Jewish World Review June 16, 2005/ 9 Sivan,
Losing their heads over Gitmo
I guess Bush should have backed Katherine Harris, after all. Sen. Mel Martinez, the Senate candidate Bush backed instead of Harris, has become the first Republican to call for shutting down Guantanamo. Martinez hasn't said where the 500 or so suspected al-Qaida operatives currently at Gitmo should be transferred to, but I understand the Neverland Ranch might soon be available.
Maybe Sen. Arlen Specter the liberal Republican Bush backed instead of conservative Pat Toomey, which still didn't help Bush in Pennsylvania will step forward to defend the Bush administration. That Karl Rove is a genius.
Martinez explained his nonsensical call for the closing of Guantanamo by asking: "Is it serving all the purposes you thought it would serve when initially you began it, or can this be done some other way a little better?"
There are Arabs locked up at Guantanamo, no? Admittedly, not enough. (And not under what any frequent flier would describe as "harsh conditions.") Still and all, Arabs are locked up there. That is what we call a "purpose."
By becoming a focus of evil for human rights groups, Martinez suggested, Guantanamo has become a recruiting tool for al-Qaida: "It's become an icon for bad stories," Martinez said, "and at some point you wonder the cost-benefit ratio." (I've been wondering the same thing about Mel Martinez.)
This is preposterous. NBC's "The West Wing" is an icon for bad stories; Gitmo is a place where we keep an eye on evil, dangerous people who want to kill us.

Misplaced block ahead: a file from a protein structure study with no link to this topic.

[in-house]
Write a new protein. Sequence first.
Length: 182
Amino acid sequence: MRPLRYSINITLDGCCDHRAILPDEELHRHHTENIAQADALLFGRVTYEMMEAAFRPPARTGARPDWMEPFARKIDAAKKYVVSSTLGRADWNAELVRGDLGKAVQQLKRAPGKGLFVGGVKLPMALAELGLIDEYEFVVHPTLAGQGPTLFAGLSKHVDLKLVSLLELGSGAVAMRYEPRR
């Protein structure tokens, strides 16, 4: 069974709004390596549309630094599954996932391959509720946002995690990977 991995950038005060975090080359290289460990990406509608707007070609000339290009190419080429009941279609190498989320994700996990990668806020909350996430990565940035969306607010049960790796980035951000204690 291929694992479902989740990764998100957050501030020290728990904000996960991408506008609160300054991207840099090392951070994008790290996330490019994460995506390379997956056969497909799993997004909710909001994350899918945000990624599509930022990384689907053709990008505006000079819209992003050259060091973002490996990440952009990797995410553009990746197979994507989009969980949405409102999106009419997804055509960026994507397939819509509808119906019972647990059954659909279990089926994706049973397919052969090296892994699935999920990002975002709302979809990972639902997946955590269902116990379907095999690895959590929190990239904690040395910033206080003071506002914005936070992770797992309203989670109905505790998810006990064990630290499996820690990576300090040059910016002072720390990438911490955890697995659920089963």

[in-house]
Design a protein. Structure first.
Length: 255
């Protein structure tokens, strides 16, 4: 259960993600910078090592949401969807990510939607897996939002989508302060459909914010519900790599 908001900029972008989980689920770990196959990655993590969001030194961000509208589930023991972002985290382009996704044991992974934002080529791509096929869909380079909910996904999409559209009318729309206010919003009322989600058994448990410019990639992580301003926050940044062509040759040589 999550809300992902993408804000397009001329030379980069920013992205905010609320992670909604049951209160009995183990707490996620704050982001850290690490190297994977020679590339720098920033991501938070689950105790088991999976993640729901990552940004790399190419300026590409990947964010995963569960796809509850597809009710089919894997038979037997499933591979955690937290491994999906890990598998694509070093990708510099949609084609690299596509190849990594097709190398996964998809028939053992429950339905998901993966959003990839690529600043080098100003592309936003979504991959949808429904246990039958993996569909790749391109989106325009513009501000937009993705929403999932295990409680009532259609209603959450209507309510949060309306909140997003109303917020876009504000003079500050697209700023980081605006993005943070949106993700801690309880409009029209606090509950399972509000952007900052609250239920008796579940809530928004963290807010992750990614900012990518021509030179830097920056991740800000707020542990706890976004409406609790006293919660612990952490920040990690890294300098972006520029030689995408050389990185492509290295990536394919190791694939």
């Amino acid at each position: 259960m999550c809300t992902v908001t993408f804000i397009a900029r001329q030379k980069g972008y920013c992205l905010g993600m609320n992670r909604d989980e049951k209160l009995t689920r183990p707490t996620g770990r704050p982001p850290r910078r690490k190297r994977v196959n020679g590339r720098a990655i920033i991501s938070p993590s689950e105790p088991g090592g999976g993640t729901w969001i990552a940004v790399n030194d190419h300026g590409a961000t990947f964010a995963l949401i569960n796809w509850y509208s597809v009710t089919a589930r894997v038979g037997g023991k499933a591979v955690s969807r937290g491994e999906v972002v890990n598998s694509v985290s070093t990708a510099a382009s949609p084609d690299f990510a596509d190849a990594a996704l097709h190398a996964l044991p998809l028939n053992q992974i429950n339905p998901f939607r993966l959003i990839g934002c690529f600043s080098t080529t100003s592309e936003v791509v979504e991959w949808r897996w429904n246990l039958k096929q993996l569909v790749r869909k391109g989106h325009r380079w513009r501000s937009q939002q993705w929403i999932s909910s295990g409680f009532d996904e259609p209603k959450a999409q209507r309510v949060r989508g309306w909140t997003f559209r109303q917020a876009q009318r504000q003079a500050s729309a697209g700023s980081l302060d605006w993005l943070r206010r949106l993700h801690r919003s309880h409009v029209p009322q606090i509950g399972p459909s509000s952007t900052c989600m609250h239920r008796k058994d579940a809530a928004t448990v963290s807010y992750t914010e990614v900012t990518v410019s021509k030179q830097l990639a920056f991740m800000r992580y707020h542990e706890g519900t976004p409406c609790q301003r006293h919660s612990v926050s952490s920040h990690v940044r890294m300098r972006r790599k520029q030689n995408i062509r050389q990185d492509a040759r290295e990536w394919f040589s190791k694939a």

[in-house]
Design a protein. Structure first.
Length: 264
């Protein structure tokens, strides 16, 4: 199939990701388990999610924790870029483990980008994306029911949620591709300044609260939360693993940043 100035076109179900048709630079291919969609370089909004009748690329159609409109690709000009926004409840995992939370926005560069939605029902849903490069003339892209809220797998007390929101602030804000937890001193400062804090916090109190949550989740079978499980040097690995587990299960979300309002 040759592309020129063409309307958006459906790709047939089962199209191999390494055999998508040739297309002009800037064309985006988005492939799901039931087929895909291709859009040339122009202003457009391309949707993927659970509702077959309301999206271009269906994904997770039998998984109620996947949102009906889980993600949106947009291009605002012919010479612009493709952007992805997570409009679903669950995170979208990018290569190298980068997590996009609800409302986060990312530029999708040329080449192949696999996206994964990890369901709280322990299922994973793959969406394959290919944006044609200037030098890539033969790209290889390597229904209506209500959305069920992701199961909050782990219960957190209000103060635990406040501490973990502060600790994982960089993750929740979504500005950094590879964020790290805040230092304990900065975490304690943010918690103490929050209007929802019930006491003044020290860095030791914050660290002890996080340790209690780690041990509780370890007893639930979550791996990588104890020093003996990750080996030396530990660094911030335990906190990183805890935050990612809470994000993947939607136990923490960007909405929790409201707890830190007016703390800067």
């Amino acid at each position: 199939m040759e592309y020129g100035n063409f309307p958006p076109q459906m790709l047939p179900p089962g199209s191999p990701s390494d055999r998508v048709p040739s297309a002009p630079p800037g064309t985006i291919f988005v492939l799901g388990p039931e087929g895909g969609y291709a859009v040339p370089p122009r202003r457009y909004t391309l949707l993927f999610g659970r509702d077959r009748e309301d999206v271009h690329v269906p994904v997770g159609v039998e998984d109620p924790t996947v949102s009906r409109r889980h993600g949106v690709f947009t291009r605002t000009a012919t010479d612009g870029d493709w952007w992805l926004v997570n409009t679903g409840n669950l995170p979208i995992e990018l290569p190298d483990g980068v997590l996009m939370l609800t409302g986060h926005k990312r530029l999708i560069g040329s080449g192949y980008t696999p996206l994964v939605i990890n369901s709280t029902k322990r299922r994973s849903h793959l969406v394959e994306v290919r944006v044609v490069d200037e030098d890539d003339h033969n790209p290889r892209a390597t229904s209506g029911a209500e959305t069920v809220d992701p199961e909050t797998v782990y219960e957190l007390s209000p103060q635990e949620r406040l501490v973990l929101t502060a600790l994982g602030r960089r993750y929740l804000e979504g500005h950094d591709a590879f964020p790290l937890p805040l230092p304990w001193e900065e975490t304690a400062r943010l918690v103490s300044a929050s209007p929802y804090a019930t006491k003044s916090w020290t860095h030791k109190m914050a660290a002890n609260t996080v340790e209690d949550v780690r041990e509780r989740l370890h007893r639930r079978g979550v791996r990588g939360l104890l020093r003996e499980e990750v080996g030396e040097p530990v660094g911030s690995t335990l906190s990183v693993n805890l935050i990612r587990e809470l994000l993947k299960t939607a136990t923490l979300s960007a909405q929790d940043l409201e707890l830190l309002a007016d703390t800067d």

Martinez was borrowing a point from Sen. Joe Biden which is always a dangerous gambit because you never know who said it originally. The "Biden" version was: "I think more Americans are in jeopardy as a consequence of the perception that exists worldwide with its existence than if there were no Gitmo."
So if people around the world believe that if they try to kill Americans they might go to a bad, scary place called Guantanamo, that will make them more likely to kill Americans? How about doing a cost-benefit ratio on that analysis?
Let's also pause to ponder the image of the middle-of-the-road, "centrist" Jihadist who could be "recruited" to Jihad by reports about abuse at Guantanamo. You know the kind of guy who just watches al-Jazeera for the sports and hits the "mute" button whenever they start in about the Jews again, already.
Liberals want us to believe such a person exists and that he is perusing newspaper articles about Guantanamo trying to decide whether to finish his coffee and head off to work or to place a backpack filled with dynamite near a preschool.
Note to liberals: That doesn't happen.
What happens is this: There are thousands of Muslim extremists literally dying to slaughter Americans, and only three proven ways to stop them: (1) Kill them (the recommended method), (2) capture them and keep them locked up, or (3) convince them that their cause is lost. Guantanamo is useless for No. 1, but really pulls ahead on No. 2 and No. 3 (i.e. a "purpose").
Let's just hope aspiring Jihadists are not reading past the headlines and discovering that what Amnesty International means by "the gulag of our time" is: No Twinkie rewards for detainees!
That's not a joke. As described in infuriating detail by Heather MacDonald in the Winter, 2005, City Journal, interrogators at Guantanamo are not allowed to:
No cold meals, sleep deprivation or uncomfortable positions? Obviously, what we need to do is get the U.S. Army to serve drinks on commercial airlines and get the airlines to start supervising the detainees in Guantanamo.
American soldiers make do with C-rations. Dinner on an America West flight from New York to Las Vegas consists of one small bag of peanuts. Meanwhile, one recent menu for suspected terrorists at Guantanamo consisted of orange-glazed chicken, fresh fruit crepe, steamed peas and mushrooms, and rice pilaf. Sounds like the sort of thing you'd get at Windows on the World if it still existed.
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